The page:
- by F Kermode and Z Doney
- The Guardian
- Issue #1981
The topics covered were discussed at a recent Melbourne CPA branch meeting. Members spoke up freely in response to the topic: The Closure Of Melbourne CBD: A Threat or Right To Demonstrate? Two days later the CFMEU offices were attacked.
On vaccines, the branch spoke with one voice: we need more people to be vaccinated against COVID-19. This means we need a social response, driven by the people affected, not imposed on them. Members criticised the dominant liberal ideology that places responsibility for responding effectively to a whole of society crisis like the pandemic on individuals.
Additionally, Scott Morrison has been encouraging both vaccine hesitancy and, indirectly, the recent anti-vaccination protests by catering to the idea that public health has to take second place to a middle-class idea of choice, and by more or less campaigning against lockdown measures when it suited him politically. Morrison is very selective about when freedom of choice is important: we’re not going to get a free choice about the US bases on our country or public funding of private schools any time soon.
Underscoring the need for real leadership in this area, it was reported that vaccinated workers are starting to get angry with unvaccinated workers, with Health and Safety reps needing to know if vaccinated workers can refuse to work with unvaccinated workers.
We should say “no” to the liberal framework of individual responsibility. When asked if vaccination is important to the government, we should ask where the infrastructure is to support it? Where are the accessible vaccine centres and vaccination sites at work? Since the pandemic is a Workplace Health and Safety issue, a supposedly pro-worker state Labor government should be consulting with unions rather than dictating to them. Governments could be giving the community and workers some control over the vaccination process, for example, training Health and Safety reps to talk about vaccines.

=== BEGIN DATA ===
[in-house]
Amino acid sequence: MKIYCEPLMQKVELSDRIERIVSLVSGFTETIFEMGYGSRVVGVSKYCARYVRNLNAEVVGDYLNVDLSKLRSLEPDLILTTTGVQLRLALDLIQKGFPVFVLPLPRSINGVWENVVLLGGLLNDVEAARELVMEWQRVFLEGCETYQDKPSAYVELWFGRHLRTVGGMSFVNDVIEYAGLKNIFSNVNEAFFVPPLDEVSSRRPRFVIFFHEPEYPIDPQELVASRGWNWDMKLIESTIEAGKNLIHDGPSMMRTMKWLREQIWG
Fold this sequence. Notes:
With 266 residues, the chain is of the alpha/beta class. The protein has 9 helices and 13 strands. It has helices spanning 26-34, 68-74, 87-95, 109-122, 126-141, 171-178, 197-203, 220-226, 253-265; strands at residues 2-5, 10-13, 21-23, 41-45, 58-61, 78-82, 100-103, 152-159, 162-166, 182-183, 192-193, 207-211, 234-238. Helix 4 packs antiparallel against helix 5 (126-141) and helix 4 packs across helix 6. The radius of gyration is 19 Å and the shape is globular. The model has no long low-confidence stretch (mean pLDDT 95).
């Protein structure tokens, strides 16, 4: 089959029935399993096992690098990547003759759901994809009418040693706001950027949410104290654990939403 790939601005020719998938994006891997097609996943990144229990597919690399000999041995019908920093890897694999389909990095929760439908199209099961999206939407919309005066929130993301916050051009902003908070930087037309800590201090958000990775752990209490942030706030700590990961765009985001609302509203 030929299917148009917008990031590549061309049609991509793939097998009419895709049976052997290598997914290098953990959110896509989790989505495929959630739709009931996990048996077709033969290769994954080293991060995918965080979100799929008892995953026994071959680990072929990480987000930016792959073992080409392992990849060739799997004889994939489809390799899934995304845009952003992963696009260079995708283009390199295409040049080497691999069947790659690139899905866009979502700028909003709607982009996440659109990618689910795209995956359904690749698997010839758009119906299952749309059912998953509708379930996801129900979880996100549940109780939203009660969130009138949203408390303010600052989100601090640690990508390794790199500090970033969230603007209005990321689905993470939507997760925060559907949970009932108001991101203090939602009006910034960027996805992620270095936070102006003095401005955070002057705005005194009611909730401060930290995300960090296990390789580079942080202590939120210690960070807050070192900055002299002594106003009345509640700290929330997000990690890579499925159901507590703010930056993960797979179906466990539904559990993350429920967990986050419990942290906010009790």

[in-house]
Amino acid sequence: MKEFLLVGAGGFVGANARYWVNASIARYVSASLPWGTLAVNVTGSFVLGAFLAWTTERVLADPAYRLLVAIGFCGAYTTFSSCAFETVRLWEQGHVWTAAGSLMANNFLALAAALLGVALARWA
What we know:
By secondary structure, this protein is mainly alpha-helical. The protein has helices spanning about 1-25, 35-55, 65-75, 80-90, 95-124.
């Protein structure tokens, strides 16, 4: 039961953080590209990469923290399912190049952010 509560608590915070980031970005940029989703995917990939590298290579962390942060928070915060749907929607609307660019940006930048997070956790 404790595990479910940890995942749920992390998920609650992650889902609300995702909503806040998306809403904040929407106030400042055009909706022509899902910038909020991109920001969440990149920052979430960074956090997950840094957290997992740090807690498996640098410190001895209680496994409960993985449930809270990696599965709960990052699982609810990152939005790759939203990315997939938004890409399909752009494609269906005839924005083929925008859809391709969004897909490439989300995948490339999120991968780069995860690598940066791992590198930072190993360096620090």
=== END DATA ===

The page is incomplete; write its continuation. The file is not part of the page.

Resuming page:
In rejecting the narrative that the pandemic response is down to individuals, the pointed finger is firmly at the government – we are still wilfully relying on hotel quarantine which is not the same as having a proper quarantine system. At the Victorian government for over-policing and under-consulting with the community; for imposing mandates on groups of workers without consulting with the representatives of these workers, and; for draconian measures like closing public transport down to stifle protests without planning properly for the workers who rely on that transport to do their jobs.
None of our governments are really integrated with the people, so the only people governments can deploy are organs of the state – the police and the army. Rather than attempting to make lockdown bearable for people, the government tries to make it easier for the police to keep people in lockdown.